Do we ask too much of our software?
Ah, technology. Technology is the wonder child. The prodigy. The shiny little marvel going above and beyond and absolutely never letting you down.
Until it does. And then suddenly you’re scrambling around with a piece of paper, trying to remember how to write with a pencil, what you had to do today, and what meeting room you booked for that 10am meeting.
When it comes to technology, we have a tendency to put all of our metaphorical eggs in one digital basket. A basket that’s notoriously precarious. One dodgy connection or system error and your lovely little egg collection has gone tumbling to the floor, along with your motivation and efficiency levels. But what’s the impact of when software goes down? And what can we do about it?
Are we too needy?
Let’s be real for a second. This blog was brought about by last week’s Asana outages – software that we use across all areas of the business here at GIANT Towers. As you can imagine, the ripples of “is Asana down?” and “has Asana broken for anyone else?” spread swiftly across our floors, as more and more people realised that the worst case scenario had happened. A full outage.
Just last year, Inc reported that Asana now had more than 50,000 paying customers, with roughly half of its new revenue coming from outside of the US – showing just how big the platform has grown in the world of workplace management tools. Flick back a few years and Fortune reported that 74% of Fortune 500 companies were using some form of Trello, while more than 3 million paying businesses were reported to be using G Suite for their workplace – a number which has no doubt grown since.
So are we asking too much by being this reliant on software and technology? Yes and no. If you’re paying for software or programmes then it doesn’t exactly feel like too much to ask by expecting that it works. But, on the other hand, relying this heavily on technology can feel like asking for trouble – just as it can by relying too much on a freelancer, or by relying too much on your train home arriving on time. We all know how likely that one is to succeed.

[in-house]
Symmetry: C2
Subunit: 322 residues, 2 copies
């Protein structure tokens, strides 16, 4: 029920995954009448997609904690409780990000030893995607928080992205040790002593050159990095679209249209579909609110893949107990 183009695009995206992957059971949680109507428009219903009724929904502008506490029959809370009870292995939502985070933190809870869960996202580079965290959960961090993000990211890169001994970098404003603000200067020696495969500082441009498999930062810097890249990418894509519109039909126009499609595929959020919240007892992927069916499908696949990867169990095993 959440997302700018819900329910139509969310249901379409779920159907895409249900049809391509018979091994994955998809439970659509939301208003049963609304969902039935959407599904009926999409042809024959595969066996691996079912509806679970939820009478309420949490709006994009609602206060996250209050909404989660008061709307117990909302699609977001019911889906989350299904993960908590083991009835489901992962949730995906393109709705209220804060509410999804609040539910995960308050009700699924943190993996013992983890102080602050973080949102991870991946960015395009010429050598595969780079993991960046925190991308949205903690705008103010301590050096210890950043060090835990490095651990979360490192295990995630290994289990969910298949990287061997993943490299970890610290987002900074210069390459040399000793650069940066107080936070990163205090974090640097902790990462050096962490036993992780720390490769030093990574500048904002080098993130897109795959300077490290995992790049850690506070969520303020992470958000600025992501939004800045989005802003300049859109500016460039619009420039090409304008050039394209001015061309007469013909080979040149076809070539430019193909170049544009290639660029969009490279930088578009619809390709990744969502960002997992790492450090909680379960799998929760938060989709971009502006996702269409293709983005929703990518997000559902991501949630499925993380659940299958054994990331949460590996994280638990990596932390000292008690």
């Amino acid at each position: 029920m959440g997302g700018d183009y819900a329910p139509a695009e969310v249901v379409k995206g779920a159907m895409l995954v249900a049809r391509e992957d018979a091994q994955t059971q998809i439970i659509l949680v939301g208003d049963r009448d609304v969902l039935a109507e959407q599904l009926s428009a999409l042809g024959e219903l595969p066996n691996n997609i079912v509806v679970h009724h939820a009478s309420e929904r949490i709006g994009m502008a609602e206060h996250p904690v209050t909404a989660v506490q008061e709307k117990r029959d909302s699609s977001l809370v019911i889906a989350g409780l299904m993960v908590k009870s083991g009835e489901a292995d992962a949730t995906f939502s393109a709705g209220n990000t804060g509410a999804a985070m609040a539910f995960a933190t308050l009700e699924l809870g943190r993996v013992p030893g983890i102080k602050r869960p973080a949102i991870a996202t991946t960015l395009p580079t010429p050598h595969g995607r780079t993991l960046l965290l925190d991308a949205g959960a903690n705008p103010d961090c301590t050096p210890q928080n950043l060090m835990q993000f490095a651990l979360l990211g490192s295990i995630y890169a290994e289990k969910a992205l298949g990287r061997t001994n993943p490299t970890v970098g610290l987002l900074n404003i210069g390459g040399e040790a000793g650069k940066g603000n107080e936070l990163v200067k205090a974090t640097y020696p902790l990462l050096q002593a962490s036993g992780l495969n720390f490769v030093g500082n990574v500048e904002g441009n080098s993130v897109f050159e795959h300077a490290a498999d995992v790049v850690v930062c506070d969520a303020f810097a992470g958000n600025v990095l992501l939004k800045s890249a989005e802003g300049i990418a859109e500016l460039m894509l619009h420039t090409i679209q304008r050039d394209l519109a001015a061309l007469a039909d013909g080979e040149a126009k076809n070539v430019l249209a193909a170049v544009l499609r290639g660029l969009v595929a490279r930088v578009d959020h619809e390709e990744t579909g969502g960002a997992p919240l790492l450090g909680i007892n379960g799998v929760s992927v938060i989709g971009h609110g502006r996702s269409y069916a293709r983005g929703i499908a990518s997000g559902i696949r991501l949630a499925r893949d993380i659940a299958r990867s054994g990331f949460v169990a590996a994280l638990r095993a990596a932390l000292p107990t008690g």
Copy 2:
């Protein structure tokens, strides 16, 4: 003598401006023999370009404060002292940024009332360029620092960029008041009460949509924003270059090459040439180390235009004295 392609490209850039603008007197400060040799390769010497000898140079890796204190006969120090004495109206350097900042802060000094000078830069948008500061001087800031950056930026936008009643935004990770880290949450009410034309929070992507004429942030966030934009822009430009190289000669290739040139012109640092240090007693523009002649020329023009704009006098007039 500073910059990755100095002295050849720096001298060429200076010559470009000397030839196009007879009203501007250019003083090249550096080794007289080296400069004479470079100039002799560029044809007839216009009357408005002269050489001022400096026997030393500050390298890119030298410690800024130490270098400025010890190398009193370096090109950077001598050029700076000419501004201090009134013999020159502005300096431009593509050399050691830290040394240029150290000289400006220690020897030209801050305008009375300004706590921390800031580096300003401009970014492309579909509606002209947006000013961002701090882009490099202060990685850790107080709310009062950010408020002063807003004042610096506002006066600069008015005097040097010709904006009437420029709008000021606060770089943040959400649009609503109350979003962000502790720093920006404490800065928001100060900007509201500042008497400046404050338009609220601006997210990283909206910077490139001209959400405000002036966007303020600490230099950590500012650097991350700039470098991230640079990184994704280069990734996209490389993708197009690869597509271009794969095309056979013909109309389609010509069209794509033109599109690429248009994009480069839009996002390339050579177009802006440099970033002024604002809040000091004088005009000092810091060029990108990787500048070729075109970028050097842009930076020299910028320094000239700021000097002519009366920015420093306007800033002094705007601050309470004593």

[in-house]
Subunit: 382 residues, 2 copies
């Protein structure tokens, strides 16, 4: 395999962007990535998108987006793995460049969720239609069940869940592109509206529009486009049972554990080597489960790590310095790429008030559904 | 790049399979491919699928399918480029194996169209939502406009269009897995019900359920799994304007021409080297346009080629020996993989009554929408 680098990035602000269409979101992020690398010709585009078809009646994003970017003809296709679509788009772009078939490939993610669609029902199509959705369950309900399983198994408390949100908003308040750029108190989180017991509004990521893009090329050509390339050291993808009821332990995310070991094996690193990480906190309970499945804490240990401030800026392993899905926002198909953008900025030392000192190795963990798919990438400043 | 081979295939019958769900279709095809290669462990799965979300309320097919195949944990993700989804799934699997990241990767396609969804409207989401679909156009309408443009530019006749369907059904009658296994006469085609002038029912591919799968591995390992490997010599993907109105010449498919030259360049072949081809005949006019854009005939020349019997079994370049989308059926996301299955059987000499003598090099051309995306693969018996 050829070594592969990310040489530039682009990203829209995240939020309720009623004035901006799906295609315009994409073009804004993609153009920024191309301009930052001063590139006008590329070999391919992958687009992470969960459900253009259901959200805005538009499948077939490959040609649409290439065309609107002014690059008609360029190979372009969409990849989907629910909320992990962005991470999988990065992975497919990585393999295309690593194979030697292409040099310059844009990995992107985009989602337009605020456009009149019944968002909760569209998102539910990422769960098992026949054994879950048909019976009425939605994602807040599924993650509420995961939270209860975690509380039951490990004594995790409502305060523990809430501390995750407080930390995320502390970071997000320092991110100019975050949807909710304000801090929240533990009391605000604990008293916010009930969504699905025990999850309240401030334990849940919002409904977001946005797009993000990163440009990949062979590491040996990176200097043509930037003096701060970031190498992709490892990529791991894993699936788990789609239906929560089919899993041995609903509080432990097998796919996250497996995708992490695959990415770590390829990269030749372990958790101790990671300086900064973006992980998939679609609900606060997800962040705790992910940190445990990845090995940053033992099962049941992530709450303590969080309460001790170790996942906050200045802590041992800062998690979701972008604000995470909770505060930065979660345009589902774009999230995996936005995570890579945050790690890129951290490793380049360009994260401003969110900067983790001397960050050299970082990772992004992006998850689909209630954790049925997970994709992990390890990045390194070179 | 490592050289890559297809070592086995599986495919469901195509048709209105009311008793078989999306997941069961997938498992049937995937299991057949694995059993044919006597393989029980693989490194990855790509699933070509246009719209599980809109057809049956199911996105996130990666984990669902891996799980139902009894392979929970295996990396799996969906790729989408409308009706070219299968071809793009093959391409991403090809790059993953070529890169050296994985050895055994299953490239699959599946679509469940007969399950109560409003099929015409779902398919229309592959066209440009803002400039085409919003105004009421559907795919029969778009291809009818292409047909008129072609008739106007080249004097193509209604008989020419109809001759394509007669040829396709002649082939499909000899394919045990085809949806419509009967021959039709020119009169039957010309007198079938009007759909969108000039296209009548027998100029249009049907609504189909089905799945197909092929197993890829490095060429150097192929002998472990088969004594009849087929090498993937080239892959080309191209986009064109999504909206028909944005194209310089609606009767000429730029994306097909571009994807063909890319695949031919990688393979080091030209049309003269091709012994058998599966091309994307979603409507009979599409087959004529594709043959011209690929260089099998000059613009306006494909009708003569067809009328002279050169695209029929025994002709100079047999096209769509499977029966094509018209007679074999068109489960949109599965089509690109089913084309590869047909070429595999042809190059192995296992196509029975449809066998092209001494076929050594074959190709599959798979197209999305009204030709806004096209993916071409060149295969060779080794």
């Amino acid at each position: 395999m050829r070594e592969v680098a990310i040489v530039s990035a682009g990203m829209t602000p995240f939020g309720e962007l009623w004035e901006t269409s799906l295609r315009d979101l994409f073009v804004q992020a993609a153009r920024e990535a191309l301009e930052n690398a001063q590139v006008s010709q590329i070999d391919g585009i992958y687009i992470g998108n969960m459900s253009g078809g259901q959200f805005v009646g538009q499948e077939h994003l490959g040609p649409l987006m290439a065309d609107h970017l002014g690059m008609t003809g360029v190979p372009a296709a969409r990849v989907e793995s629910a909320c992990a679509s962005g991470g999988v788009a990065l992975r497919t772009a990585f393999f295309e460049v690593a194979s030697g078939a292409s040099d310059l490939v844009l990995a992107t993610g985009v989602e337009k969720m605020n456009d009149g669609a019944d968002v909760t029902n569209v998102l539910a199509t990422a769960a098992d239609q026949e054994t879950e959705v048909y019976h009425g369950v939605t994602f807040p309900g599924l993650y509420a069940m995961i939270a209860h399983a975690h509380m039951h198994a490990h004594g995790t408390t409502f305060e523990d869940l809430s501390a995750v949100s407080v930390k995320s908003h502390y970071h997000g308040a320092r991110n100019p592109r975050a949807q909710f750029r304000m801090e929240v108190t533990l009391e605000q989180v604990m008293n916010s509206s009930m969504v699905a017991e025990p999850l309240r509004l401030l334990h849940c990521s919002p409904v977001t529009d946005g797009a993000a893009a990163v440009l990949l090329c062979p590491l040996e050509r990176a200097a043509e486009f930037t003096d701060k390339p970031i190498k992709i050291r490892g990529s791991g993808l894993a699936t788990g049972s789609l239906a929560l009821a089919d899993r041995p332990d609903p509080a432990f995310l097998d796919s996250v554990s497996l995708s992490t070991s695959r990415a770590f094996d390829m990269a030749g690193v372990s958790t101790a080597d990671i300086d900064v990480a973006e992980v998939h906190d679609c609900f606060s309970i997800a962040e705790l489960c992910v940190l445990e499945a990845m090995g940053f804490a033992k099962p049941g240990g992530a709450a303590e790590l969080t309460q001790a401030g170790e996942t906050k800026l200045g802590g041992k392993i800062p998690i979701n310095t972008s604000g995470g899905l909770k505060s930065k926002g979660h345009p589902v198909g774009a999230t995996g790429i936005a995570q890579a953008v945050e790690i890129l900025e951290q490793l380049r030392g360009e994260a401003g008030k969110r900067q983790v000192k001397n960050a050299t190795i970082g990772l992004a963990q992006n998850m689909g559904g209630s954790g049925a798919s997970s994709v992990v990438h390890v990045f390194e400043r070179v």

Preventing the meltdown
Well, obviously the first very important step when software goes down is to take to Twitter and rant. Vigorously. Take the latest Asana outage as an example, when people headed over to Tweet their frustrations at the poor, unsuspecting social media execs managing the Asana page – or simply to share their concerns at never getting anything useful done ever again.
@asana is down. Does this mean we get the day off?— designermusings (@designermusings) January 22, 2019
When you've got stuff to do, but you can't see what that stuff is..... pic.twitter.com/S5cgCf6uWV— Jason Denny (@JasonJBDenny) January 22, 2019
Once you’ve got that out of your system, you may want to look at how you can prevent these sorts of widespread outages affecting you in the future. While we’re absolutely not saying that people shouldn’t rely on technology, it is a good idea to have some backups. Perhaps a paper calendar (yes, they are still widely available) or even storing digital information in more than one place – some on your hardware, some in the cloud, for example.
Perhaps when it comes to staying effective as a business, it pays to think about lots of little software-based baskets, rather than one elusive know-it-all basket. Particularly when that basket is called Asana… ????
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